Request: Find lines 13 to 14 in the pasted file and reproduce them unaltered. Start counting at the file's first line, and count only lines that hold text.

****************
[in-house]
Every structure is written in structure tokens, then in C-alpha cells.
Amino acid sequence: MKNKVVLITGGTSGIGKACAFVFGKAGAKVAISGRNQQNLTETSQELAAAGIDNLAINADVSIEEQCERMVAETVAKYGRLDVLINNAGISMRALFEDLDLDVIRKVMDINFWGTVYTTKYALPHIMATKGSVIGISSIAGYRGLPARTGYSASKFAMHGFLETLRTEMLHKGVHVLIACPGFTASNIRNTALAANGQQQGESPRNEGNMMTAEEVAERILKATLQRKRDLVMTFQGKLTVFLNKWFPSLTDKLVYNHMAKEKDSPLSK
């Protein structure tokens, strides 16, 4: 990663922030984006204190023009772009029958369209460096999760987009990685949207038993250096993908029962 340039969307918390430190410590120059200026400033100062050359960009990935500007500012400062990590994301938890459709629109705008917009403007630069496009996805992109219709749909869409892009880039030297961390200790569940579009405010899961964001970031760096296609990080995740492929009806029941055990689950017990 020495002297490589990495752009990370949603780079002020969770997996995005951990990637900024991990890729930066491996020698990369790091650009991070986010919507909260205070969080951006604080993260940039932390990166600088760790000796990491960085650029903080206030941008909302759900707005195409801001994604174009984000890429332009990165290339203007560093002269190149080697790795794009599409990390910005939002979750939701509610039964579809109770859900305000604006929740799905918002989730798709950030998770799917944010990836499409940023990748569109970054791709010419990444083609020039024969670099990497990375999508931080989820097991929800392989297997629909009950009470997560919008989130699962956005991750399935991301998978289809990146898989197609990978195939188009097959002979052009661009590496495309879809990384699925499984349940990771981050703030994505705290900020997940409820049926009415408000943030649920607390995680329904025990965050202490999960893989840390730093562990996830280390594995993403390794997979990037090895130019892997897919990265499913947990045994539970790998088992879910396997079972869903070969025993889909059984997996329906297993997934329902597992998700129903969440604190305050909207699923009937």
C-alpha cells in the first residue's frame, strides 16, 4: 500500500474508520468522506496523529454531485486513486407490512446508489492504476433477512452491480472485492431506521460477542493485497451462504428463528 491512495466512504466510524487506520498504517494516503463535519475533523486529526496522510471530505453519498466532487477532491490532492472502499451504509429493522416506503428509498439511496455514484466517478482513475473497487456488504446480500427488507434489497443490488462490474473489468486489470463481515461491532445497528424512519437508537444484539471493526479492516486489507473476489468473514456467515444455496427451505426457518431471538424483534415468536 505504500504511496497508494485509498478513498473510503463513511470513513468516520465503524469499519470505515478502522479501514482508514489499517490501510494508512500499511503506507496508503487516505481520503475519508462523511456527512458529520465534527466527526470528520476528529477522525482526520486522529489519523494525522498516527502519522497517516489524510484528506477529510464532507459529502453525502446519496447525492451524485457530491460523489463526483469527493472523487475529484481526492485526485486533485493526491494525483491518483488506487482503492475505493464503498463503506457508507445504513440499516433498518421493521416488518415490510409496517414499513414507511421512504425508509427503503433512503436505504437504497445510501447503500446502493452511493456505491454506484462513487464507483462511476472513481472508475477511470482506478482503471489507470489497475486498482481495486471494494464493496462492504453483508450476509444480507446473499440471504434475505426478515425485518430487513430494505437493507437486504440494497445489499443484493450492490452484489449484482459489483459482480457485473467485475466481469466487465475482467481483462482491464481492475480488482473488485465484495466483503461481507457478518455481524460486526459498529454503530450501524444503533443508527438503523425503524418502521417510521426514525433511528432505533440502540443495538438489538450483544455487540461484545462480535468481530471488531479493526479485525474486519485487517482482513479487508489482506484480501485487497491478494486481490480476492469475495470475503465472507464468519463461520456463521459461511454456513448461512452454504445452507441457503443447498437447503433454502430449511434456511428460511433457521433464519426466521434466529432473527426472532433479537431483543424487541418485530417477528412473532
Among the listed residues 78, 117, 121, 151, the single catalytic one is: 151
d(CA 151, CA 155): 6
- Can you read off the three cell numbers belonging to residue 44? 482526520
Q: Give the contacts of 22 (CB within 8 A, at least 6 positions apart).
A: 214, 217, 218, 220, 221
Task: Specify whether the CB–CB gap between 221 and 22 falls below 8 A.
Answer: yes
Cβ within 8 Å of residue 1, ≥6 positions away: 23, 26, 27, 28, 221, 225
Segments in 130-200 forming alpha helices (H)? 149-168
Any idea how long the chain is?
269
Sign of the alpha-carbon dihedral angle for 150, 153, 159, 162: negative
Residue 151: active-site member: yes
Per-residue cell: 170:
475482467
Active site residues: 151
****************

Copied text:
Cβ within 8 Å of residue 1, ≥6 positions away: 23, 26, 27, 28, 221, 225
Segments in 130-200 forming alpha helices (H)? 149-168